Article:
A few weeks ago I was forced to endure an interrogation by my credit card company in order to activate my new card. I was nagged to put a second person on my account just in case, and was asked “is there anyone you trust to put on this account?” I did my best Liz Lemon impersonation and responded “no, thanks for bringing it up”.
Seven years ago my car was stolen. I walked out from Symphony Hall and it was gone (but, oddly, there was another 1982 Malibu sedan on the same street). I was young and on my own and I had the terrible feeling that there was no one near to help me. My stomach dropped to around my ankles, and I set about figuring out what to do.
When I remember that story I remember how alone I felt. But I also remember that my friend Chris drove me around in the snow to pick up the car when the cops found it. There is an element of pride to my independence – “I can do it all myself” – and also an element of fear – “if I count on people I’ll be disappointed”. As recently as a year or two ago I really believed that if something truly bad happened no one would be there to help me. I’m learning.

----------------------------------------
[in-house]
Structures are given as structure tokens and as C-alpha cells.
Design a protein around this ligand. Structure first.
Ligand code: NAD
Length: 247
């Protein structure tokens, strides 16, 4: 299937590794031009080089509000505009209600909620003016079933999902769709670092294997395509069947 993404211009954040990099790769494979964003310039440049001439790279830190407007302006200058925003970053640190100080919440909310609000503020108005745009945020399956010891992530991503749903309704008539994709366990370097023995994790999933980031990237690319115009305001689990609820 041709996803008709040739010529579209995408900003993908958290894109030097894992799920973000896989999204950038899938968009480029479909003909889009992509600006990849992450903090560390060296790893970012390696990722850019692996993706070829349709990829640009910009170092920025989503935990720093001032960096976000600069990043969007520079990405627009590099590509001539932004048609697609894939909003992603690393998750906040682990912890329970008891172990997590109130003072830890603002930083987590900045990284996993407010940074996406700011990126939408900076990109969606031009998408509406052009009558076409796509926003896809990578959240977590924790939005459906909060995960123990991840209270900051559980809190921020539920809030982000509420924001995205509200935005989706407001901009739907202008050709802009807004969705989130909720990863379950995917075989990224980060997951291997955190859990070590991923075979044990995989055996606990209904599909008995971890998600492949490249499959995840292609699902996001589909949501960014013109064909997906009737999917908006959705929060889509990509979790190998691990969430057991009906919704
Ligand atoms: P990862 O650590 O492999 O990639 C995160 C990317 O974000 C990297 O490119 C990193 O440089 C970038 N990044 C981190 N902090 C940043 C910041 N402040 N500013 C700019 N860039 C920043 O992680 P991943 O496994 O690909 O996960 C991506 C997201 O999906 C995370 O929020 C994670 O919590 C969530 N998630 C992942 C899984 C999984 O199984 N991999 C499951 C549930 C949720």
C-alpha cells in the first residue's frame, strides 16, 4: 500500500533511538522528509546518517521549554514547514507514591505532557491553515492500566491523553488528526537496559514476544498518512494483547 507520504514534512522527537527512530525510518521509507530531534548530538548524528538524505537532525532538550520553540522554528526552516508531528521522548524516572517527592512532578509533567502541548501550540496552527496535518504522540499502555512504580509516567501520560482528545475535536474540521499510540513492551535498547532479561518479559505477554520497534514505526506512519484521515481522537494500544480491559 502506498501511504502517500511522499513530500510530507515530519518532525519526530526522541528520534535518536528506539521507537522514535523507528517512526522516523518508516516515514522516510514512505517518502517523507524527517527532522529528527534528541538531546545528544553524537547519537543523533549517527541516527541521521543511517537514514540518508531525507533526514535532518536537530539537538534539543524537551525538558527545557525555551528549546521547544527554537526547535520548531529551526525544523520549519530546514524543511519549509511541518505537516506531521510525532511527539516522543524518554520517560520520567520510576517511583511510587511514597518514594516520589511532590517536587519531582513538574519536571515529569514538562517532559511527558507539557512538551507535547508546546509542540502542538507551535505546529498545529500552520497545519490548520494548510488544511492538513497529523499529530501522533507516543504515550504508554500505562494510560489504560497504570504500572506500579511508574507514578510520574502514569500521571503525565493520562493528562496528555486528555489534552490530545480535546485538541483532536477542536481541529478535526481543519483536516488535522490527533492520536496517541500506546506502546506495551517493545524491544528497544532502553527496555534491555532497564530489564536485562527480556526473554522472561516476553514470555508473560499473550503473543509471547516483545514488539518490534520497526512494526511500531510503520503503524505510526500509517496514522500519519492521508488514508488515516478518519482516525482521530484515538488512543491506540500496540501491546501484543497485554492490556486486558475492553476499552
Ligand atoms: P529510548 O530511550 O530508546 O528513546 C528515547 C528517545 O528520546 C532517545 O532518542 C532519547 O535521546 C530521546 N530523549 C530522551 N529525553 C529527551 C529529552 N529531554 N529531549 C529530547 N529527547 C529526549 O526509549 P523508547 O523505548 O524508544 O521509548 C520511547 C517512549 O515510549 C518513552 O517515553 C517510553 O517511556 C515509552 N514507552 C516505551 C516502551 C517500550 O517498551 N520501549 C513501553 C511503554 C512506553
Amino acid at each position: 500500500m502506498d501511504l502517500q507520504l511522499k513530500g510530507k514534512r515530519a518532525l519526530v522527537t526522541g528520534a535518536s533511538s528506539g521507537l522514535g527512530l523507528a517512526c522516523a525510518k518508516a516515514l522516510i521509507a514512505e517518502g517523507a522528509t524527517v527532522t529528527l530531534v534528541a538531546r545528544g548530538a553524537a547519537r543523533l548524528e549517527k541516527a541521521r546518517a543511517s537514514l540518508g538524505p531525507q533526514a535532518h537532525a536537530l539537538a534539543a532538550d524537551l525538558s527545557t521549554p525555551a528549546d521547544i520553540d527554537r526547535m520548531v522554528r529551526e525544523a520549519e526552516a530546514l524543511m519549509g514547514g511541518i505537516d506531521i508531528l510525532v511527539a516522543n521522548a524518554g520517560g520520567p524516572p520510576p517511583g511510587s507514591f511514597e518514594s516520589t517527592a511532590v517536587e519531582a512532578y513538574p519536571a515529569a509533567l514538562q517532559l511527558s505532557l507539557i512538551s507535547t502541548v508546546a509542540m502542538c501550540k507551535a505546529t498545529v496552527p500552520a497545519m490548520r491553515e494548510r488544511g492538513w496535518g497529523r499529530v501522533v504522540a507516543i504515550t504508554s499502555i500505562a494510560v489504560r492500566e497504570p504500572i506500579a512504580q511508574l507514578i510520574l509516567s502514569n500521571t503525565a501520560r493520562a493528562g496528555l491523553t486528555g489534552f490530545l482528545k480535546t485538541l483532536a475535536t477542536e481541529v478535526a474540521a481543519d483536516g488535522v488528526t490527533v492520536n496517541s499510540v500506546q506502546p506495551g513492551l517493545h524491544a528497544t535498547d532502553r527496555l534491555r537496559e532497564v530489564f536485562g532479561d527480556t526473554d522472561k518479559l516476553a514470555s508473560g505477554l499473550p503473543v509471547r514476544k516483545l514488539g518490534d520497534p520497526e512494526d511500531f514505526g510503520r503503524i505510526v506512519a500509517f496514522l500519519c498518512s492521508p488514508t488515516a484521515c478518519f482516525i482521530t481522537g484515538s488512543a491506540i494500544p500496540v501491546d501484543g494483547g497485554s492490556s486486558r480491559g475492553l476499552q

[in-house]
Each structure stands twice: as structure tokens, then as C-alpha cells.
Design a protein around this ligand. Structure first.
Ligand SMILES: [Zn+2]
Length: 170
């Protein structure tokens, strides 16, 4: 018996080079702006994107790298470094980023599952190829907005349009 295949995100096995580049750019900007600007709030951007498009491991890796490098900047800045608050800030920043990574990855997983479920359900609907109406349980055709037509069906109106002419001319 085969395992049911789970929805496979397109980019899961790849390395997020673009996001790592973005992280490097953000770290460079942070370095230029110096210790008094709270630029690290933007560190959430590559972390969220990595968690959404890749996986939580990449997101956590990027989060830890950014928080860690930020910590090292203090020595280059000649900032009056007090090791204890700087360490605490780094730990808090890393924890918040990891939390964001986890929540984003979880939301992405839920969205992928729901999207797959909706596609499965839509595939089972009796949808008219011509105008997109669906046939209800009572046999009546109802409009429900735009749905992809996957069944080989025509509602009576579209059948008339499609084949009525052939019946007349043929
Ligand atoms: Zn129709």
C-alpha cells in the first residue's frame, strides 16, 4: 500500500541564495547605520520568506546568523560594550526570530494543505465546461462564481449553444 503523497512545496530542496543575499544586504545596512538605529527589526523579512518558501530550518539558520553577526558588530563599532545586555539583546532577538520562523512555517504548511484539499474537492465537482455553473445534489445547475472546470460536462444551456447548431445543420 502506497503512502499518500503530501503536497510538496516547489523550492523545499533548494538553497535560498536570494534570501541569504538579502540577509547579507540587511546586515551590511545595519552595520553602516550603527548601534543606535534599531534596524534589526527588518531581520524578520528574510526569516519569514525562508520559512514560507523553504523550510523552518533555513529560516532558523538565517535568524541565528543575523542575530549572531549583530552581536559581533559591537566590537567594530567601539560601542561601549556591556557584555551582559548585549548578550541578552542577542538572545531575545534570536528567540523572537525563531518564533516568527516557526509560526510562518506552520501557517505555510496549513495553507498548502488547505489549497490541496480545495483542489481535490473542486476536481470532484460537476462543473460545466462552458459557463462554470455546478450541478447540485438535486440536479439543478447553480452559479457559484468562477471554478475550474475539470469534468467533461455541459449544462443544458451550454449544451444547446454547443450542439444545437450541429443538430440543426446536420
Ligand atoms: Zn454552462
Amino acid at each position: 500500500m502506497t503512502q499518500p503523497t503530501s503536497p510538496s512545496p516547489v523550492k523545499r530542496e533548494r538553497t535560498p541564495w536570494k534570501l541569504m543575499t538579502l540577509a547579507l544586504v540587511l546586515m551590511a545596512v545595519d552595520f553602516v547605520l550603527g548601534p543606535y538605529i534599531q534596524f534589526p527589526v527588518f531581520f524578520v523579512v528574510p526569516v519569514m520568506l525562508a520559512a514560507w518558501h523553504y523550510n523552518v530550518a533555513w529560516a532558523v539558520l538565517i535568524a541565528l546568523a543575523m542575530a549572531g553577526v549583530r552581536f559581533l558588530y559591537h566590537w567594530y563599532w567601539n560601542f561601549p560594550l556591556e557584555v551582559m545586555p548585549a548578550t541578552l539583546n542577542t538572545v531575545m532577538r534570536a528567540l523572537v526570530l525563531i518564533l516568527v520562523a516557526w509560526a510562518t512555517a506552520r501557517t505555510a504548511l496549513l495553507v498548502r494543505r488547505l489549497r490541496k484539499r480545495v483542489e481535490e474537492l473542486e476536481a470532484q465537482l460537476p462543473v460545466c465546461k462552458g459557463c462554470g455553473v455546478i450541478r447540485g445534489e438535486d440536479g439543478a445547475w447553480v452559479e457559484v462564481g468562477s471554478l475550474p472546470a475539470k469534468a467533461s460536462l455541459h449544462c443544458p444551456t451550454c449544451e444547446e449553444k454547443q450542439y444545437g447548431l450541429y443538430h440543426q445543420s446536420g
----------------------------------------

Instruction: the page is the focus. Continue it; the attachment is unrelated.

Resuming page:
I have friends who look for me in the bottom of the pool when they don’t hear from me. I have friends who talk me off a ledge via cell phone when they’re in Target and I’m in a panic. I have friends who let me borrow their Priuses when my gas-guzzler is at the mechanic. I have friends who cover my classes, who check to see if the soup is vegetarian, who google chat me from far off lands, who call me when I’m down.
A community of care snuck up on me when I was busy being maudlin about my solitude. Congratulations, urban family, you have broken me in the best possible way (I’m still not adding any of you to my credit card account).